Hundreds of people felt the plight of a woman trapped in a trench amidst a civil war in Iran. The exhibition of ‘Women Run with the Wolves’ at the 25th Kolkata International Film Festival (KIFF) was highly acclaimed by the audience who also witnessed the rampant exploitation prevalent in the Congo region, through a documentary called ‘Congo Calling’, premiered at KIFF.
The ‘International Film Festival of India’ (IFFI) started in 1952 and was restricted to Delhi in the initial years. The event was held in Kolkata for three times - in 1982, 1990 and 1994. 1995, gave the people of Kolkata, an opportunity to rejoice as the city got its own film festival. Since then, the event has increasingly become popular.
Speaking on the impact of this global exposure on the regional film industry, Pradipta Bhattacharyya, a national award-winning filmmaker told BE, “It is an achievement for a film festival to cross the landmark of 25 years. This global exposure has definitely led to some significant works in the Bengali film industry and has shaped a few of good directors. But I don’t think it has led to the production of any work of international standard from our film industry.”
Once a solemn annual affair for the city’s film enthusiasts, the inauguration of the KIFF of late, has turned into an extravagant occasion. Soumendu Bhattacharya, Head of the Department, Department of Direction, Roopkala Kendro told BE, “I felt there has been an increase in the number of selected audience and film students this year in comparison to the past few years, which is a positive sign. The introduction of various events like master classes, seminars and others can be fruitful for film enthusiasts. Also, more people from the film industry are getting involved with the festival. However, only time will tell if their participation is helping or not.”
If the Bengali audience comprises of niche viewers with an eye for good cinema, why are the contemporary art-house movies struggling to convince investors? Tapan Bhattacharya, Faculty Member, Department of Sound Design, Roopkala Kendro and an ex-member of the technical committee, KIFF, told BE, “Cinema requires a huge amount of investment. Now, the investors will invest in the hope of generating a business.” He added, “These investors can be motivated by using the platform of KIFF where they will become aware of the different types of cinema being made worldwide and when they will see that parallel cinema is creating a market for itself.” Bhattacharya is optimistic, that in the near future, KIFF may provide a market for art-house cinema which will stimulate producers to invest in that genre. Incidentally, certain new categories have been introduced in the recent years in the film festival, like the ‘Netpac’ and the ‘Bengali Panorama’, which are expected to boost the makers of art-house cinema in Bengal and India.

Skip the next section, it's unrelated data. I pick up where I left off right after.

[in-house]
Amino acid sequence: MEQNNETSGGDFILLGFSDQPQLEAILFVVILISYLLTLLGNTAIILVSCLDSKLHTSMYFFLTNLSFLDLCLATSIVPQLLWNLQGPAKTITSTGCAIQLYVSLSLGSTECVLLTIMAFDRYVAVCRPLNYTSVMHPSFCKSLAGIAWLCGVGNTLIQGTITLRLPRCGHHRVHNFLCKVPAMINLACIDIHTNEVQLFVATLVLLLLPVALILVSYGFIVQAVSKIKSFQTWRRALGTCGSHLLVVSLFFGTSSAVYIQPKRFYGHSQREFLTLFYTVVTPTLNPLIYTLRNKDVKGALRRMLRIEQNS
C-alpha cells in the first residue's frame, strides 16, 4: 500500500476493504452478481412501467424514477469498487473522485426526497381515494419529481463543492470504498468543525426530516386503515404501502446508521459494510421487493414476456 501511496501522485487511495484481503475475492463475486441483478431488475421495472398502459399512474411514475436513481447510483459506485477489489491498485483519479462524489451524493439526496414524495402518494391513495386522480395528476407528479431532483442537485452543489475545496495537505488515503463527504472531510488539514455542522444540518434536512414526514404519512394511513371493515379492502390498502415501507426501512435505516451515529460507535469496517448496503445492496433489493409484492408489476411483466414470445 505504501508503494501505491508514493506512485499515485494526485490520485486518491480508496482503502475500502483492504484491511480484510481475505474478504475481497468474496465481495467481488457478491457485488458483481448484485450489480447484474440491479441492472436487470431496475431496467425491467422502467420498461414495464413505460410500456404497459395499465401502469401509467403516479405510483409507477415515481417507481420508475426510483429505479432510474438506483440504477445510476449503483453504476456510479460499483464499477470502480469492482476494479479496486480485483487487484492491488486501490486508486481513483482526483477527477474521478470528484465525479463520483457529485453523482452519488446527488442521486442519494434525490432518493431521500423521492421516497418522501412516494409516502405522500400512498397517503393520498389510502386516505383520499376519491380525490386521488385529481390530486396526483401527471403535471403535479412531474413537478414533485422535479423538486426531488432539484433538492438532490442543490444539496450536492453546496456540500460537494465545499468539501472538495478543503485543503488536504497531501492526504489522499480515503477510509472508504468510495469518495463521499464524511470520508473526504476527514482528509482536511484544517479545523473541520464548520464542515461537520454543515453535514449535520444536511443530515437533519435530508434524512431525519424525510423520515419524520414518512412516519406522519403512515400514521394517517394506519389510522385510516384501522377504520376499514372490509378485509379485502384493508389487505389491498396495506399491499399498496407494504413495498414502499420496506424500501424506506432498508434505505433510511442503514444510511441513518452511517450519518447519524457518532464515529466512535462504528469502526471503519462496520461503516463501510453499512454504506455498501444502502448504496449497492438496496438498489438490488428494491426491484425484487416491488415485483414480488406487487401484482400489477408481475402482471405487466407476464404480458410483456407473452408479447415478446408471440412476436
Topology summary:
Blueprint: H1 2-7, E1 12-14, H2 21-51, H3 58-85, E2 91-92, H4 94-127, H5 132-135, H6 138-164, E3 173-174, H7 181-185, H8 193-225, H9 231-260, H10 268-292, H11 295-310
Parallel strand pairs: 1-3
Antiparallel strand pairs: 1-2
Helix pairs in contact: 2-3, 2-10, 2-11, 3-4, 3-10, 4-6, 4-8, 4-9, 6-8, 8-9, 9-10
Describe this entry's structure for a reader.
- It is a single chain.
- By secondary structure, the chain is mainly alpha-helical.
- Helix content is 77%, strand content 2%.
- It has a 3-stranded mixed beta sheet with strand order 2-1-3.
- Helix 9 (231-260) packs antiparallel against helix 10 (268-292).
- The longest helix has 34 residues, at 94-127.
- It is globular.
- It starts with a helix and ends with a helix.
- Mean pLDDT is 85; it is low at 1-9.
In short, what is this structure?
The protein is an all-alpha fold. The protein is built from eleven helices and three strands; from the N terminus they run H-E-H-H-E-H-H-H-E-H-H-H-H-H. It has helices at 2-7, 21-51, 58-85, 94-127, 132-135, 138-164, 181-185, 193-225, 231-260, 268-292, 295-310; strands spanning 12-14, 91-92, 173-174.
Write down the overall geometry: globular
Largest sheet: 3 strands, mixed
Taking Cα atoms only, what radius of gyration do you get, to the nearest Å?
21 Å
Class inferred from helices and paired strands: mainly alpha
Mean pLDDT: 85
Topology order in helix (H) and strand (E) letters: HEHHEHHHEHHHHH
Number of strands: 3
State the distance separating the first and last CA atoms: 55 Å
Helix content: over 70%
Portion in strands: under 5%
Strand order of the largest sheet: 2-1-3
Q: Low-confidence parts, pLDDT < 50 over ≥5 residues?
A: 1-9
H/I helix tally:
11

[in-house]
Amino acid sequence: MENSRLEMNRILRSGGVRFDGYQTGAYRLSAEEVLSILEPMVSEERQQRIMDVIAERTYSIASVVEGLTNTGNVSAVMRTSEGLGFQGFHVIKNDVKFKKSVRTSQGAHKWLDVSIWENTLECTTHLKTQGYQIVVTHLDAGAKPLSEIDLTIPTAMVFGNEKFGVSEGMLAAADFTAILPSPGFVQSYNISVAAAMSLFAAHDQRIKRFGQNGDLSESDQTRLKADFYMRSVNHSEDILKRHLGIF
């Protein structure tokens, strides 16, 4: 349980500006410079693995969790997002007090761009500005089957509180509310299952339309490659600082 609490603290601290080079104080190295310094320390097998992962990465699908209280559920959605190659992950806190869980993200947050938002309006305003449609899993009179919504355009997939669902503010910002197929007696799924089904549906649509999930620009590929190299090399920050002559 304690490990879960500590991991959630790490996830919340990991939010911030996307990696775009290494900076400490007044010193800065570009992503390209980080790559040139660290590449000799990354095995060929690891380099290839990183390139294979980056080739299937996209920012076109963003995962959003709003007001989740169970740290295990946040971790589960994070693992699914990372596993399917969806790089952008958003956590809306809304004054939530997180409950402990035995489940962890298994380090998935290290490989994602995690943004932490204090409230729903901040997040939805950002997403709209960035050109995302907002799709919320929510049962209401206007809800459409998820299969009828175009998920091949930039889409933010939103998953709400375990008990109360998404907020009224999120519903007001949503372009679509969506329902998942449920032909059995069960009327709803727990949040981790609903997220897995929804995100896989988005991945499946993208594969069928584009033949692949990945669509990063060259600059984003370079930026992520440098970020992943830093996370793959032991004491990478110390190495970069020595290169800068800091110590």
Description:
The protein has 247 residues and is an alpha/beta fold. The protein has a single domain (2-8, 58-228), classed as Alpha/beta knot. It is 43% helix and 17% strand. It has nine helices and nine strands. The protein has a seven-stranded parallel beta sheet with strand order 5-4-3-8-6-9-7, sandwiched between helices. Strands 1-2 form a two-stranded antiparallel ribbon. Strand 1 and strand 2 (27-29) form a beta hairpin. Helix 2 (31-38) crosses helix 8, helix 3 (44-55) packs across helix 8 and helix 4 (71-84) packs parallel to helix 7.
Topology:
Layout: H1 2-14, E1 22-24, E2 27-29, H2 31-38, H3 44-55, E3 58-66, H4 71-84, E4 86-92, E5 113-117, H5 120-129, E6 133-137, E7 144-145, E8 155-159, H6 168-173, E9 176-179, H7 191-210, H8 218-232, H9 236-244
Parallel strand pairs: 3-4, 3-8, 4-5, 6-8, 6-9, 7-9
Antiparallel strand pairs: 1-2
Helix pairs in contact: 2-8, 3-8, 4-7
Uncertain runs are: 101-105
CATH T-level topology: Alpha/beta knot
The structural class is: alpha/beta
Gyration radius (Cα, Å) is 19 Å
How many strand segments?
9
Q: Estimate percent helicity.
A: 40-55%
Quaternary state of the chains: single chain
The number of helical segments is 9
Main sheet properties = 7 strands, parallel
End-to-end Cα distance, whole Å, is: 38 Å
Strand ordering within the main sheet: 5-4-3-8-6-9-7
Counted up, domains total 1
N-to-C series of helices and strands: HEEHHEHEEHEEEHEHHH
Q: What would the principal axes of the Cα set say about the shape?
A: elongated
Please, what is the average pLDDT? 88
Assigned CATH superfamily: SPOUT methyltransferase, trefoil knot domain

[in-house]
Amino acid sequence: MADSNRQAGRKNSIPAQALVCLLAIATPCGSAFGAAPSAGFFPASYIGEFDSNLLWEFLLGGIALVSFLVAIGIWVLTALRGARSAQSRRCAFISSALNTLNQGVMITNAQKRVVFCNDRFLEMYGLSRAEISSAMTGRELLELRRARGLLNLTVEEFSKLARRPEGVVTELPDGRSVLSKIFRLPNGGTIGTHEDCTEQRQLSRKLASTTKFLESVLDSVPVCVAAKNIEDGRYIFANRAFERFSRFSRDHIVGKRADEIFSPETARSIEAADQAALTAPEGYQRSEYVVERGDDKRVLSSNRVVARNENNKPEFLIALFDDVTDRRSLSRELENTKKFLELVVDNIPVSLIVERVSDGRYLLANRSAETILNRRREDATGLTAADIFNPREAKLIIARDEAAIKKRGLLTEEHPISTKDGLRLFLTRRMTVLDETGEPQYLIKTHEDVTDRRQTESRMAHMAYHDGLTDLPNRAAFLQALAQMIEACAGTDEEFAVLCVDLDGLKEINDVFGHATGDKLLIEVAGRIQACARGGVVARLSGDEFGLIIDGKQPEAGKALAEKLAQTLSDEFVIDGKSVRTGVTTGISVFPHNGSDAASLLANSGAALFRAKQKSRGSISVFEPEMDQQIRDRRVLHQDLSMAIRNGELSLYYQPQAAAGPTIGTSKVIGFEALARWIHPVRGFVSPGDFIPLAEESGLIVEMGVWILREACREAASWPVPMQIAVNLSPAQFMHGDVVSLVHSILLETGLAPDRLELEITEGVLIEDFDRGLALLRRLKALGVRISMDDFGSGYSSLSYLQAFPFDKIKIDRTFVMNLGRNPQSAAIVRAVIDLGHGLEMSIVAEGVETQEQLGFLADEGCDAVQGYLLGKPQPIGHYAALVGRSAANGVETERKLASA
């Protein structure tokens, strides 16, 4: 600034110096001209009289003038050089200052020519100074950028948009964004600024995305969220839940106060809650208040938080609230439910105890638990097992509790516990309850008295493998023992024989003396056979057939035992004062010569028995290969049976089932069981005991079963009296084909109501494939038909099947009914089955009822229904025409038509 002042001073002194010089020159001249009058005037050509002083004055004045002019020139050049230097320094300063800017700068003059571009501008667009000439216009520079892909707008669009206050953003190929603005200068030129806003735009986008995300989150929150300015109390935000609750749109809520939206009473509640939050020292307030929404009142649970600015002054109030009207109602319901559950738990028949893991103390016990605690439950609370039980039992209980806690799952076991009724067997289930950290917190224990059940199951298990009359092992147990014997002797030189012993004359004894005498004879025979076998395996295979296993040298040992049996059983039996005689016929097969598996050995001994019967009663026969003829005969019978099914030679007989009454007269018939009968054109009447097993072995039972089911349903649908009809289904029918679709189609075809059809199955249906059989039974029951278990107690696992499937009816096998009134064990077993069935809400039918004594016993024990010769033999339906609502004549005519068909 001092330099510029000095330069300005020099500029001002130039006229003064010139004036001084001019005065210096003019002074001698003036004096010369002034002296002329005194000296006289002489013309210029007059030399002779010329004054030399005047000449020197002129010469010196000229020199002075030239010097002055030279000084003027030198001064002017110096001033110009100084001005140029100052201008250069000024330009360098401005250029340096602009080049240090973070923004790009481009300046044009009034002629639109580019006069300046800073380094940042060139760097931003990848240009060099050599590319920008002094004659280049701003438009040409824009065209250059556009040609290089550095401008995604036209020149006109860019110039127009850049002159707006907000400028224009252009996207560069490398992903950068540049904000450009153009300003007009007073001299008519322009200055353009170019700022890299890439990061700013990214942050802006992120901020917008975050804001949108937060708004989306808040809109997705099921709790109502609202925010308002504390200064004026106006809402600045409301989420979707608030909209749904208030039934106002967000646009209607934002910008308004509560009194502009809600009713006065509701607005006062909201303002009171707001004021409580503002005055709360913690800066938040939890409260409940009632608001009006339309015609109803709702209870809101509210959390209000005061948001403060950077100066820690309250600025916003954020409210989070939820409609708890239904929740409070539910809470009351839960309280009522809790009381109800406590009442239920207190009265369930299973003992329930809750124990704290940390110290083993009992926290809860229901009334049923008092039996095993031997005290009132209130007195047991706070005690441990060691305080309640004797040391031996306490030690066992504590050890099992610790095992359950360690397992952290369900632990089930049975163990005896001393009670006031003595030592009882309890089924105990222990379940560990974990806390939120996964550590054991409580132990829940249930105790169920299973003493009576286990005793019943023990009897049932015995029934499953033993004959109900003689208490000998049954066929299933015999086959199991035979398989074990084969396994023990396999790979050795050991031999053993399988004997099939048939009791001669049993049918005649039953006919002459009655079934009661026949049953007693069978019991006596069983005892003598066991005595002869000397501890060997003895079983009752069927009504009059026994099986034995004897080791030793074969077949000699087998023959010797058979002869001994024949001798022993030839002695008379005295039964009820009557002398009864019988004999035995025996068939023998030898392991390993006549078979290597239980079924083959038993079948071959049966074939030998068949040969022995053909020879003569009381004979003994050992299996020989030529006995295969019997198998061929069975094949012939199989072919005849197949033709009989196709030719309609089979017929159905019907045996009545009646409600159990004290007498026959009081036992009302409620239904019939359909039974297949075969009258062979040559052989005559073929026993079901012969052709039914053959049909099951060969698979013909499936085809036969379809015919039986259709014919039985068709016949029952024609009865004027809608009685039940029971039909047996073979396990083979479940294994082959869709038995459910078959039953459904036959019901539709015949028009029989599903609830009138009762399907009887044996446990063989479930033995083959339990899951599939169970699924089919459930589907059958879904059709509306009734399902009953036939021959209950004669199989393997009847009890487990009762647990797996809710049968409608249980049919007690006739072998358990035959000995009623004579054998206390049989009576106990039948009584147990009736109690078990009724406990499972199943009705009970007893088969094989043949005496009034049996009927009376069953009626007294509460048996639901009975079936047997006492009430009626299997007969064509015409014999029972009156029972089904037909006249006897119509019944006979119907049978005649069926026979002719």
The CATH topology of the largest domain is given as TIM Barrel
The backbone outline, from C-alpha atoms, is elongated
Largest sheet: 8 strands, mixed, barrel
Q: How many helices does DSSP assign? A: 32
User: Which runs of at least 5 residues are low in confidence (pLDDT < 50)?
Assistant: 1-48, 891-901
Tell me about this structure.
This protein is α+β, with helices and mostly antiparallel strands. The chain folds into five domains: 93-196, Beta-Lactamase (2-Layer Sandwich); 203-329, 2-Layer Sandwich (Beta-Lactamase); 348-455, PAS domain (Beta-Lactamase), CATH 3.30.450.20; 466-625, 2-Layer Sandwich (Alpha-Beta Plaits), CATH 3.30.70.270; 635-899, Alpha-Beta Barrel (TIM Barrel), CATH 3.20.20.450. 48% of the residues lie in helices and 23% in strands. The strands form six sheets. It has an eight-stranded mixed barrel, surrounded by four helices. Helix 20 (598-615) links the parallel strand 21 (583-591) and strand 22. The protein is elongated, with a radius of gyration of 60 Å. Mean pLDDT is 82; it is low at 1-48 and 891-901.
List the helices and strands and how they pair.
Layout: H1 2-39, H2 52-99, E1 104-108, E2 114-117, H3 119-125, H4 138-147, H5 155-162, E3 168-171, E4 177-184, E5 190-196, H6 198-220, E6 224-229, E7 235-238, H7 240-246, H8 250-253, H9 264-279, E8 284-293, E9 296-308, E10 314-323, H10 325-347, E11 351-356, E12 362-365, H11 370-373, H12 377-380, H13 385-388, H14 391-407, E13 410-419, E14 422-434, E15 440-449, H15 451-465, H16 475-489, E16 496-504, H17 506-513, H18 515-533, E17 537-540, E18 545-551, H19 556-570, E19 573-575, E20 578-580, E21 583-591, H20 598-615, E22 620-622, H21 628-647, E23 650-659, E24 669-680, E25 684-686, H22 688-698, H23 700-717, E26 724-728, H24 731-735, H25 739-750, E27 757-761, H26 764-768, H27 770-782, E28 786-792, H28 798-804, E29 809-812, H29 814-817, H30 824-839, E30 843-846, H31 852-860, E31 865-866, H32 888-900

153 short films and documentaries were exhibited in this edition of KIFF. Saurav Bhadra, whose short film ‘Bod Jaat’ (The Out Caste) was selected in the competitive category for Indian short films, told BE, “It is a huge opportunity for the short filmmakers in Kolkata as there is no such commercial arena where short films are exhibited. In addition to it, I feel that the projection quality should be improved a little.”
Krishanu Chanda and PrachuryaPatra’s short film ‘EkTukroGondho’ (A Smelly Affair) was made out of a nominal budget of Rs 500 and was exhibited in the non-competitive category. In this category, out of almost 3000 short films, 50 were selected. Chanda told BE, “This is a huge opportunity for short film makers like us. However, I would like to suggest one thing, in this category, it so happens that the big producers exhibit their short films and our films are no match to them. We are pushed out of competition. I feel that the committee should fix a budget limit for this category as the big producers have other categories to compete in, which is not possible for us. I think that this initiative will also inspire a lot of people to try their hands in short film making.”
Film festivals are a great way to present a film. They manage to bring together many people who are interested in certain topics and in cinema itself. It is also a great experience to see a film in the context of other films. Film festivals provide the platform for the exhibition of art and as eminent film personality Shabana Azmi, said in the closing ceremony of KIFF, “Art should be used as an instrument of social change. I believe cinema has this ability and this can be possible if artists are given the freedom of expression.”